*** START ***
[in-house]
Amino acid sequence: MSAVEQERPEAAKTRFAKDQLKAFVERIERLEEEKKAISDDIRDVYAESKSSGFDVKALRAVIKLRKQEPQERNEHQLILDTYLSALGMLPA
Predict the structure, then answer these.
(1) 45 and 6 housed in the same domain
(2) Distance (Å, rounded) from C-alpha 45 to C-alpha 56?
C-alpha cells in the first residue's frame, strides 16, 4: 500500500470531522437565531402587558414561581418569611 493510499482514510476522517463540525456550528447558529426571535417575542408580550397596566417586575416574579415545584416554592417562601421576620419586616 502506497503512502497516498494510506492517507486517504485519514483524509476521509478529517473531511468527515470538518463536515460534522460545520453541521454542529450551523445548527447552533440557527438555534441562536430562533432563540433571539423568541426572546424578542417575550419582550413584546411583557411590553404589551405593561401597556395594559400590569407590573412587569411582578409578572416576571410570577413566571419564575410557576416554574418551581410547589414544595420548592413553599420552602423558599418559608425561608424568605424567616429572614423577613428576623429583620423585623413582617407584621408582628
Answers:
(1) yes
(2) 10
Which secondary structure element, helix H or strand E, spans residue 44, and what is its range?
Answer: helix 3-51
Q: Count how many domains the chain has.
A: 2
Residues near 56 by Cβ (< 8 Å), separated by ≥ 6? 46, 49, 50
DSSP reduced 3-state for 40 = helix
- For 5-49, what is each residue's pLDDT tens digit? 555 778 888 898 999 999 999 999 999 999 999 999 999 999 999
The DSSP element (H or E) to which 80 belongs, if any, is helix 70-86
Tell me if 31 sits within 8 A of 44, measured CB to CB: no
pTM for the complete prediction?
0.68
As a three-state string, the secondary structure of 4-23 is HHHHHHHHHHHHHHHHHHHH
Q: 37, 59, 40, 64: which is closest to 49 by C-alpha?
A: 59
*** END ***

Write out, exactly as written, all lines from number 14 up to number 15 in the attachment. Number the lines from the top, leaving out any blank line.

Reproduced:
Residues near 56 by Cβ (< 8 Å), separated by ≥ 6? 46, 49, 50
DSSP reduced 3-state for 40 = helix